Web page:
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925 Silver Collection

Some Preliminary Notes to “An Attempt" Andy Brumer

Like so many, the horror of the events in the Middle East of these past two-plus weeks has shocked, enraged, and confused me to the point of needing to sort it out for the sake of preserving my sanity. To that end I found myself asking why, in such an ostensibly “religious” conflict, constructed and construed amongst essentially ethnic brothers and sisters, there has been no attempt that I’ve run across in the mainstream media to discuss this conflict within a religious context? After all, the three Abrahamic religions, Judaism, Islam and Christianity, all share the same God of the Hebrew Scripture, and Yahweh, as that text refers to “him" has ONE requirement and formula for happiness and peace on earth: follow his Commandments and Laws. Break any one of them, and this by now avowedly vindictive God would, without exception, kill any and all transgressors.

“An Attempt” references an exception, taken from Exodus 17. There, rather than killing Moses for disobeying God’s command that he speak to a rock to coax water out of it rather than strike it as he did to achieve the same end, creating the impression that the minor miracle was Moses’ doing, God forbade Moses from entering the Promised Land. This even though he had led the Israelites there after wandering through the desert for forty years. Today, perhaps, God is also punishing Jews and Muslims alike for their bad behavior. This is a poem, and poems are by their nature naive and unrealistic. But the anger, the despair, the frustration behind it is very real.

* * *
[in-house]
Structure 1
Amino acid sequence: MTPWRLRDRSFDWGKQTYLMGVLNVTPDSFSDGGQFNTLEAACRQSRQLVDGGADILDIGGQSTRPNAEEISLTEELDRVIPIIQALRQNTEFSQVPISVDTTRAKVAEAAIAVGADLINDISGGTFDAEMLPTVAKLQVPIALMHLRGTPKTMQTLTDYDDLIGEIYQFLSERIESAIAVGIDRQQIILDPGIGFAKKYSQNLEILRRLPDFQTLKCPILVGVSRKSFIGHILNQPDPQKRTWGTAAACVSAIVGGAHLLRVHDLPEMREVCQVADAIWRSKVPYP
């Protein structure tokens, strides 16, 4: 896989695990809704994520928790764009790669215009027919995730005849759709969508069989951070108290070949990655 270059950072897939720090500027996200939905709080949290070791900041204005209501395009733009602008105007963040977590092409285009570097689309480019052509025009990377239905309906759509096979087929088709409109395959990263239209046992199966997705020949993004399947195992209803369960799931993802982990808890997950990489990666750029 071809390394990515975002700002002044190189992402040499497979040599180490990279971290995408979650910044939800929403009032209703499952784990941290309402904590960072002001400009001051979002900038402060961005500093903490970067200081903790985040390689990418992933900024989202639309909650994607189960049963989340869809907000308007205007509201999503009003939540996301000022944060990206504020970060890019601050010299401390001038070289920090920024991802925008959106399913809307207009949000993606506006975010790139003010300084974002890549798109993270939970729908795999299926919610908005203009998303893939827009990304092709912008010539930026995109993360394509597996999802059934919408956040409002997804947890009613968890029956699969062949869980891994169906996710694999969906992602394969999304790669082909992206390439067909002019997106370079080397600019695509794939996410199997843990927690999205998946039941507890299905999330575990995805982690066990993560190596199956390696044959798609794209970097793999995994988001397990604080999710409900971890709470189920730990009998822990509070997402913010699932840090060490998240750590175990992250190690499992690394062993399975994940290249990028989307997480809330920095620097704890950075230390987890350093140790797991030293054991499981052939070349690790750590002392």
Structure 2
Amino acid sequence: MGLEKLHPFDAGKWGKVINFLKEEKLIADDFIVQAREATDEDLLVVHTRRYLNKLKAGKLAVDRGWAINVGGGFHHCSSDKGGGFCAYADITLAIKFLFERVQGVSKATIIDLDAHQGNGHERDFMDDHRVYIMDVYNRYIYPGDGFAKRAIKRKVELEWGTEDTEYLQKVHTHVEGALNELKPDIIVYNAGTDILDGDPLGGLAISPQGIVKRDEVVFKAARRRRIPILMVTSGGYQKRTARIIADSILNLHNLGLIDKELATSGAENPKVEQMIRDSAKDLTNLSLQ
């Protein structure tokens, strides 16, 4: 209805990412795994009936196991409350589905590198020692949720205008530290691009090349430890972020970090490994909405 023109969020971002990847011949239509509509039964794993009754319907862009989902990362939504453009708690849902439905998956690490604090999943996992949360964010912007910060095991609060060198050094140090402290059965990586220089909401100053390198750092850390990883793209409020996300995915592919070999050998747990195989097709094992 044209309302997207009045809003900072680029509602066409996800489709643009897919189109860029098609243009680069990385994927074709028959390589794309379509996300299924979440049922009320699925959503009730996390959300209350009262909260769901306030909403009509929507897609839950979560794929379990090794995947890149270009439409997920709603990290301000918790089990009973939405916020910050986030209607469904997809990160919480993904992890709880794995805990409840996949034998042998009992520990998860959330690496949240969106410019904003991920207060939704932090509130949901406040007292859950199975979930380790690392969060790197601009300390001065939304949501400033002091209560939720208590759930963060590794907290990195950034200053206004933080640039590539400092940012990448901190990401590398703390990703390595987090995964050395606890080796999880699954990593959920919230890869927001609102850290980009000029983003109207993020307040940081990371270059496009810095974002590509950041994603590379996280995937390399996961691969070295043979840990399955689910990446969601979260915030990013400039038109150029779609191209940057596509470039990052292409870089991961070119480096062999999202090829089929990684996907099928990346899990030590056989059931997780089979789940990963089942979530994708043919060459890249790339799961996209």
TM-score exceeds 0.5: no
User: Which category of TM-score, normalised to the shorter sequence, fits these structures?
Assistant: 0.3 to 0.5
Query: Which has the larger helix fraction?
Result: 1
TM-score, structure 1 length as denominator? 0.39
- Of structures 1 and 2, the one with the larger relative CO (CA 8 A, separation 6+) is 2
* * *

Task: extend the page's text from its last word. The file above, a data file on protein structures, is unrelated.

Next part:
— Andy Brumer, Pasadena, CA, October, 2023

Pacecco de Rosa, “The Massacre of the Innocents,” ca. 1640, oil on canvas, 78 x 120 1/4”. Courtesy of the Philadelphia Museum of Art, Phildelphia.

An Attempt

This One God

     of three faiths


   half of them,


ok, let’s  say

       two thirds.

Might this

not be construed

   in any other

way than



Or is this Uni-God




everyone together

    into a

question he

can’t ask:

  “Aren’t they all

human beings?”

So from his

home of Cloud

   through the impossible thinking


frames it,

    God can’t

figure out

who doesn’t

  love him


or did something

      wrong enough

like Moses hitting a rock

    with a stick

that left him dying

   all alone


across the river


     the Promised land.

“Ah, I’ll kill

them all,” God

can’t seem to conclude


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